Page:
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ARS Home » Pacific West Area » Corvallis, Oregon » Horticultural Crops Disease and Pest Management Research Unit » Research » Publications at this Location » Publication #361410

Research Project: Integrated Disease Management of Exotic and Emerging Plant Diseases of Horticultural Crops

Location: Horticultural Crops Disease and Pest Management Research Unit

Title: Efficacy of management tools for control of Phytophthora plurivora leaf spot of Rhododendron, 2015

Author
item Press, Caroline
item Rolfe, Kenneth
item Grunwald, Niklaus - Nik

Submitted to: Plant Disease Management Reports
Publication Type: Research Notes
Publication Acceptance Date: 3/15/2019
Publication Date: 5/15/2019
Citation: Press, C.M., Rolfe, K.J., Grunwald, N.J. 2019. Efficacy of management tools for control of Phytophthora plurivora leaf spot of Rhododendron, 2015. Plant Disease Management Reports. 12:OT027.

Interpretive Summary: This study was conducted as part of the IR-4 Ornamental Horticulture program to evaluate fungicides and biopesticides for management of leaf spot of Rhododendron caused by Phytophthora plurivora. Treatments were applied to foliage except for SP2770, which was applied as a soil drench. Additionally, two SP2770 and one A21008A treatments were only applied once to the foliage on 21 Sep. Foliar treatments were applied to run-off using a hand-pump sprayer, while drench treatments received 17 oz of fungicide solution to the soil. Untreated control treatments received equivalents of water. During the trial, Rhododendron plants were grown in 1 gallon plastic pots maintained in a screen-house under 30% shade conditions with daily hand watering. Daily temperatures ranged between 64-78°F without supplemental lighting. Four single-plant replications were arranged in a randomized block design. Three-days following each fungicide application, three leaves were detached from each plant and inoculated with P. plurivora. One spot on the abaxial side of each leaf (to one side of the mid-vein) was wounded and inoculated with 20uL of a 3000 sporangia/ml suspension and left in containers to incubate. After treatment, containers were placed in a growth chamber with a 14 hour photoperiod at 68°F. Every day, leaves were sprayed with distilled water to maintain humidity and containers were rotated 180 degrees for light distribution. Total lesion area was assessed 10 days after each leaf inoculation. Subdue Maxx, Micora (after two applications), SP2770 (drench at 1.3lb rate with two applications) and A21008 (2.4 oz rate with one application) were the best treatments resulting in significant disease control as compared to the untreated inoculated controls. SP2770 was effective at the 2.6lb rate with one application on 14 Sep) and A21008 at the lower rates with two applications did not confer any significant protection to P. plurivora compared to untreated controls. No phytotoxicity was observed for any treatment.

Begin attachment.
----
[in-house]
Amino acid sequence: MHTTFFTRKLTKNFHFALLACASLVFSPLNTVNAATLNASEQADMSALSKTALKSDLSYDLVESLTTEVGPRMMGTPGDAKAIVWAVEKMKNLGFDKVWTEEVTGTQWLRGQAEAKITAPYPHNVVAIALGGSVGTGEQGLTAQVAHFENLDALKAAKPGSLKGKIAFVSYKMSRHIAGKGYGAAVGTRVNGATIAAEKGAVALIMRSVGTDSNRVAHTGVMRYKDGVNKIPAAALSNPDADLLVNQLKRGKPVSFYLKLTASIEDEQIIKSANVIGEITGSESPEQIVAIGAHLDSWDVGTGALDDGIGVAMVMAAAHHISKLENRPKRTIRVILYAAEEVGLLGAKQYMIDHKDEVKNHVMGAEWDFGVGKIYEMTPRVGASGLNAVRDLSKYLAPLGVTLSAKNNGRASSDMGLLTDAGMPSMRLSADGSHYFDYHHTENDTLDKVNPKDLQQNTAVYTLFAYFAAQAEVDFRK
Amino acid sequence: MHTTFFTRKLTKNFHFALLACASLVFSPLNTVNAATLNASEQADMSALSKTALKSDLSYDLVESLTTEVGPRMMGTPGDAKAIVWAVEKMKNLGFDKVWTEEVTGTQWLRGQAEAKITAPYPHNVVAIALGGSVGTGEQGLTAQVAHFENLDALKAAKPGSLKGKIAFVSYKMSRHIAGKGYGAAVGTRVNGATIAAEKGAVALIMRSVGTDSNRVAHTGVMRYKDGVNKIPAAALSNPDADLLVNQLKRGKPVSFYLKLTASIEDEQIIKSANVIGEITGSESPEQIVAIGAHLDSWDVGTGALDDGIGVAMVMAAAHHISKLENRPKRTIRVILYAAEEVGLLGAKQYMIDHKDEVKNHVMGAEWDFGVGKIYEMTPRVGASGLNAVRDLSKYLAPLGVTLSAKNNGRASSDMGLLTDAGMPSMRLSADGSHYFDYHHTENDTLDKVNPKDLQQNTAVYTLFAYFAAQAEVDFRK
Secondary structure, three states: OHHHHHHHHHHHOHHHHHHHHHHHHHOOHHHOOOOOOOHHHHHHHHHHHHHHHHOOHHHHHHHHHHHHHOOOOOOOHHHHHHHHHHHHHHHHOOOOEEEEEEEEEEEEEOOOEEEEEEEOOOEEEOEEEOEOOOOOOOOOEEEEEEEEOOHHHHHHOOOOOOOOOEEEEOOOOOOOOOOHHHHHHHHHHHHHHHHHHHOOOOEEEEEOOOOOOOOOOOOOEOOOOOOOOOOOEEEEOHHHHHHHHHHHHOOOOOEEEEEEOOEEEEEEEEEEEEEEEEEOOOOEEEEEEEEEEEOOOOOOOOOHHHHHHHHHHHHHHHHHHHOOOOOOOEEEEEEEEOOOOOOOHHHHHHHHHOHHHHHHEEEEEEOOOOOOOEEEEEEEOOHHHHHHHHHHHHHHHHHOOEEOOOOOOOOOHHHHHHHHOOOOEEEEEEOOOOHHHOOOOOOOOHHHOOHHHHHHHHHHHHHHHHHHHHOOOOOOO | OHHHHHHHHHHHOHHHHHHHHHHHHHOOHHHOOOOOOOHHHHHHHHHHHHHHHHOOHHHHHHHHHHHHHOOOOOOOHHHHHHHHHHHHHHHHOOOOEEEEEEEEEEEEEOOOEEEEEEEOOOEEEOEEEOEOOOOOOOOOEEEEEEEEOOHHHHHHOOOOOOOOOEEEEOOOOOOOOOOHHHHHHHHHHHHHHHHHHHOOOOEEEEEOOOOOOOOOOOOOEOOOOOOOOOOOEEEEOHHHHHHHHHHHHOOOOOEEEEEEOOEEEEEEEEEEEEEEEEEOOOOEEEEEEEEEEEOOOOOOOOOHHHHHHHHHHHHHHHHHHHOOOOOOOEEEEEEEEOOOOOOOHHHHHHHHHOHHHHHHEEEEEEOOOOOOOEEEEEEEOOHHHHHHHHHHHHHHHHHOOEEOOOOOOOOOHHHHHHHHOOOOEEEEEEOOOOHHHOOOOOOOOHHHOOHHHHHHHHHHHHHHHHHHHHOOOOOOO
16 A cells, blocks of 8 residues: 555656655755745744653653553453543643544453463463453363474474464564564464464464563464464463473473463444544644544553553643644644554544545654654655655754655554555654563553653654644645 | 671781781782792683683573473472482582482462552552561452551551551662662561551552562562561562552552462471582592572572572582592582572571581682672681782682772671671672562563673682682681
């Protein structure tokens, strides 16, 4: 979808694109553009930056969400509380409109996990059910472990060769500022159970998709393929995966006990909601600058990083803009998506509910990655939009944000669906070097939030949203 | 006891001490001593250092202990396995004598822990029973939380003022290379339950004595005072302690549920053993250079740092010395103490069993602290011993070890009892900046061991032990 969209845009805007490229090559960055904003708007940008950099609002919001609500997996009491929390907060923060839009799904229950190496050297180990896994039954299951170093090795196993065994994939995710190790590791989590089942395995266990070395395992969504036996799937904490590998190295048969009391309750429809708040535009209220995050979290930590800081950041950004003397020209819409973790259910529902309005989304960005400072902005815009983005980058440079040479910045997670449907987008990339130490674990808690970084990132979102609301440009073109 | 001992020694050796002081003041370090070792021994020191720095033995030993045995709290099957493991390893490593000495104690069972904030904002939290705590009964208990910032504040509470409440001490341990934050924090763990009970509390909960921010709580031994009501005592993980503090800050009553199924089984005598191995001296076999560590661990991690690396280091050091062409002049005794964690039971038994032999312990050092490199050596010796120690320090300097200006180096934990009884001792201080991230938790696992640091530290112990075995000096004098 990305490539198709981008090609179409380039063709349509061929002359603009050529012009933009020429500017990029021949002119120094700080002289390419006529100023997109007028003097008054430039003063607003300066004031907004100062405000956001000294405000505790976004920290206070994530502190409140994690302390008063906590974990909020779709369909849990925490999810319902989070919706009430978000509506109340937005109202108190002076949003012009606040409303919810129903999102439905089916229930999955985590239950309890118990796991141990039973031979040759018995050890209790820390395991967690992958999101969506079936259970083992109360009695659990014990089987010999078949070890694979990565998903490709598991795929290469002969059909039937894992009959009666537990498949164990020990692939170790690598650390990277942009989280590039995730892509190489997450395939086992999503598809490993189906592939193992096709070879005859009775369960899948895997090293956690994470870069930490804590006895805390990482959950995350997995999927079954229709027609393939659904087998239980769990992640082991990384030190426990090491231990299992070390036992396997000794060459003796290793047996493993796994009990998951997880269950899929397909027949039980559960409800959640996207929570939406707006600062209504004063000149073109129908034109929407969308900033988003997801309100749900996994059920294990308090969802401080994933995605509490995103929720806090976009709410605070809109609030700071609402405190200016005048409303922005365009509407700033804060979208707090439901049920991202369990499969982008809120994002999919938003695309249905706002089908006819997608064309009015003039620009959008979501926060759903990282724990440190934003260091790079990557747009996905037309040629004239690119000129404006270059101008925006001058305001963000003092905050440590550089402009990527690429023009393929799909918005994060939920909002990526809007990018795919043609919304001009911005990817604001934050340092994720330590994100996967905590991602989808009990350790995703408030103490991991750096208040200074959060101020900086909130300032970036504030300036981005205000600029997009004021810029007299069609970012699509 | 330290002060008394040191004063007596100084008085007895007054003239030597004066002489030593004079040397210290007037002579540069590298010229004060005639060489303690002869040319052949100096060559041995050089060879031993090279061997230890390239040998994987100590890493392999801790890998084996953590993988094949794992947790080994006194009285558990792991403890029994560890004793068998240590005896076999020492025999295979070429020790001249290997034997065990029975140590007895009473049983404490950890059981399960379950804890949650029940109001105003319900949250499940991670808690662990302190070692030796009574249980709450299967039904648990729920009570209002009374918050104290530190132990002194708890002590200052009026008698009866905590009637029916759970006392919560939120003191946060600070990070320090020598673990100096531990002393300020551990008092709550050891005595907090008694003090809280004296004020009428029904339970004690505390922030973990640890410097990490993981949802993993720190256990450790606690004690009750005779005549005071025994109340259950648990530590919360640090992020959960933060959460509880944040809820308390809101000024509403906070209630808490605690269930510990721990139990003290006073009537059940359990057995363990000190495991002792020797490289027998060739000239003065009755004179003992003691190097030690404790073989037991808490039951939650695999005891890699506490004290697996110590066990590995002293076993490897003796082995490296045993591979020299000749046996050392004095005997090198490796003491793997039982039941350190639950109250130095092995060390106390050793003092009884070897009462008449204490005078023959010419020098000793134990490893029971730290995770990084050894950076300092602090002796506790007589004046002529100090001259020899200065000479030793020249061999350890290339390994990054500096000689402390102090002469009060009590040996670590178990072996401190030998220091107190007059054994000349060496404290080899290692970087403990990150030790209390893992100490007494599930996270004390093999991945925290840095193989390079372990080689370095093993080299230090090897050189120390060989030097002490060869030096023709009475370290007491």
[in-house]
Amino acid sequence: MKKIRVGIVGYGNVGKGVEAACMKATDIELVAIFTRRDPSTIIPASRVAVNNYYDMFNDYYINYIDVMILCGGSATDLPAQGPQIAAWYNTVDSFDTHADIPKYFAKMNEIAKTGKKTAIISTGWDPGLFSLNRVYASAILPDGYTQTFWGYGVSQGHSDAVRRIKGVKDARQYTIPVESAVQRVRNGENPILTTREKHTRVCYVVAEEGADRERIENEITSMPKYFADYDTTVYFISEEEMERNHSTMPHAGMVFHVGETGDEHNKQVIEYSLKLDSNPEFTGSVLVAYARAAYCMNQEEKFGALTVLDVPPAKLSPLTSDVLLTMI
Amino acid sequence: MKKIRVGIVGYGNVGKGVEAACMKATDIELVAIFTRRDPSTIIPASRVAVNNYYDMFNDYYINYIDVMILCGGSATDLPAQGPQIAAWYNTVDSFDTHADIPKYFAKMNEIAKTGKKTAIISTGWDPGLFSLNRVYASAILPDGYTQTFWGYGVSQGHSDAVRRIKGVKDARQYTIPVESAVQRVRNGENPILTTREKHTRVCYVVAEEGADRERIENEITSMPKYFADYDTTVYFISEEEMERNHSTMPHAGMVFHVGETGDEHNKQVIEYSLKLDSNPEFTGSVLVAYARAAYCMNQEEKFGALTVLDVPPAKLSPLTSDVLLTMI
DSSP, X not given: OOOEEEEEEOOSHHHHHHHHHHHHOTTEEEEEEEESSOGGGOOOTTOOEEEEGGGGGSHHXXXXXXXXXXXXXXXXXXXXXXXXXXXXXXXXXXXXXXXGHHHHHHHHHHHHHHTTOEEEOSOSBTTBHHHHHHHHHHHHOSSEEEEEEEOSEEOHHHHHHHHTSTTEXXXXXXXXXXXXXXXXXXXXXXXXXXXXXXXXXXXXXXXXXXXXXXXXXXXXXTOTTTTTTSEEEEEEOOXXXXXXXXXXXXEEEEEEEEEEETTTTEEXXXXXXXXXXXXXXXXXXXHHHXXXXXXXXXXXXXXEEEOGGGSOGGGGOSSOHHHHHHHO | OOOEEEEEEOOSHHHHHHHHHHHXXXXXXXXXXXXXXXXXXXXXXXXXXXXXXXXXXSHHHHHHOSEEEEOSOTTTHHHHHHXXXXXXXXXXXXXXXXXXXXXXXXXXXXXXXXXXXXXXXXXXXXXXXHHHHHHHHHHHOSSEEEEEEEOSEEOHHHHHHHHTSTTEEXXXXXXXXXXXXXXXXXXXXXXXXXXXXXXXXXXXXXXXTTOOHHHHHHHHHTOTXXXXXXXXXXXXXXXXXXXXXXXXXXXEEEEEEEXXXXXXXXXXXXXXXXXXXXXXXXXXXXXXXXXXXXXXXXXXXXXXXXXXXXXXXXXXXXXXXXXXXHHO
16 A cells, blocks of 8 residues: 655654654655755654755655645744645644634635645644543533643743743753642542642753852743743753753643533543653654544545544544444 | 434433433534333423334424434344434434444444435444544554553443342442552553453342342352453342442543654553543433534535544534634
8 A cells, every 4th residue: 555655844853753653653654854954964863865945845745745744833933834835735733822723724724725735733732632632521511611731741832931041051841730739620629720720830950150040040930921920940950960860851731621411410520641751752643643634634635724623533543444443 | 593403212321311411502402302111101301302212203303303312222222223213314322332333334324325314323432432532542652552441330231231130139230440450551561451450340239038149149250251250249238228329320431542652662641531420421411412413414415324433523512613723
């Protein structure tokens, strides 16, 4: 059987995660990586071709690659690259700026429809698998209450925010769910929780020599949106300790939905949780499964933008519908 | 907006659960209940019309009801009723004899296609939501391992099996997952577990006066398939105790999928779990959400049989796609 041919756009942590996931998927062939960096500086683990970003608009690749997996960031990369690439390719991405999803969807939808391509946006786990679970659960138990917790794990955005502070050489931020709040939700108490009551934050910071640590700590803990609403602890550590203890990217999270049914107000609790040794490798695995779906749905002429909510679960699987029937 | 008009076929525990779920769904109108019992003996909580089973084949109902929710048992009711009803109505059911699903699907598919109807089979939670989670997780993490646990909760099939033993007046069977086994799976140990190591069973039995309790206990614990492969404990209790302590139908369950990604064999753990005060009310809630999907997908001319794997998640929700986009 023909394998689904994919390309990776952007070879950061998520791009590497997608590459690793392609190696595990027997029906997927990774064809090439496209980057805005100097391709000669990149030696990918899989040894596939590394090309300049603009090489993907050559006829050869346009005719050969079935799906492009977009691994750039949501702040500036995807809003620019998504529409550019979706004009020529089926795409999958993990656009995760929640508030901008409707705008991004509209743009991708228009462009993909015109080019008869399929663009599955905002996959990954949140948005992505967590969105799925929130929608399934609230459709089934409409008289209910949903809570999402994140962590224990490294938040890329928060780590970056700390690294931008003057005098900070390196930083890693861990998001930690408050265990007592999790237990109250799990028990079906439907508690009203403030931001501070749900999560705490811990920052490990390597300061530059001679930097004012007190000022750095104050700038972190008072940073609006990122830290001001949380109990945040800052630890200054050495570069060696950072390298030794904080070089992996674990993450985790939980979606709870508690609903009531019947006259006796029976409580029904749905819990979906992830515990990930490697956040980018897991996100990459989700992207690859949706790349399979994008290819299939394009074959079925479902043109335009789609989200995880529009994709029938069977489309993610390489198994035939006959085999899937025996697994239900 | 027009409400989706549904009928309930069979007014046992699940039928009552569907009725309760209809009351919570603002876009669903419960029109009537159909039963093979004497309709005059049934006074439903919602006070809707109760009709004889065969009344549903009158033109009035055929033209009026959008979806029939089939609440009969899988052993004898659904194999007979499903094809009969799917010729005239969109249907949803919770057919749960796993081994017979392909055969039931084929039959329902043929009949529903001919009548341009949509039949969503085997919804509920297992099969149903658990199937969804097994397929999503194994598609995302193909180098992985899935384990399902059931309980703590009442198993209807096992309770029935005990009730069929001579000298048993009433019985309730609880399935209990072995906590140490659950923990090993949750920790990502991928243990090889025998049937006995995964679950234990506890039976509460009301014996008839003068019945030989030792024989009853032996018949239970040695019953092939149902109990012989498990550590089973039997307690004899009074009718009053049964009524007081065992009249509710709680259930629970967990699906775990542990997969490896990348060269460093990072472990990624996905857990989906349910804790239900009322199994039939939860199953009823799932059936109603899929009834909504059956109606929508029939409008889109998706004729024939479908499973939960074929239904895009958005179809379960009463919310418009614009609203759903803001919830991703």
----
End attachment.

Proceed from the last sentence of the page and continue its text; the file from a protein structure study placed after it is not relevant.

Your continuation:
Technical Abstract: This study was conducted as part of the IR-4 Ornamental Horticulture program to evaluate fungicides and biopesticides for management of leaf spot of Rhododendron caused by Phytophthora plurivora. Treatments were applied to foliage except for SP2770, which was applied as a soil drench. Additionally, two SP2770 and one A21008A treatments were only applied once to the foliage on 21 Sep. Foliar treatments were applied to run-off using a hand-pump sprayer, while drench treatments received 17 oz of fungicide solution to the soil. Untreated control treatments received equivalents of water. During the trial, Rhododendron plants were grown in 1 gallon plastic pots maintained in a screen-house under 30% shade conditions with daily hand watering. Daily temperatures ranged between 64-78°F without supplemental lighting. Four single-plant replications were arranged in a randomized block design. Three-days following each fungicide application, three leaves were detached from each plant and inoculated with P. plurivora. One spot on the abaxial side of each leaf (to one side of the mid-vein) was wounded and inoculated with 20uL of a 3000 sporangia/ml suspension and left in containers to incubate. After treatment, containers were placed in a growth chamber with a 14 hour photoperiod at 68°F. Every day, leaves were sprayed with distilled water to maintain humidity and containers were rotated 180 degrees for light distribution. Total lesion area was assessed 10 days after each leaf inoculation. Subdue Maxx, Micora (after two applications), SP2770 (drench at 1.3lb rate with two applications) and A21008 (2.4 oz rate with one application) were the best treatments resulting in significant disease control as compared to the untreated inoculated controls. SP2770 was effective at the 2.6lb rate with one application on 14 Sep) and A21008 at the lower rates with two applications did not confer any significant protection to P. plurivora compared to untreated controls. No phytotoxicity was observed for any treatment.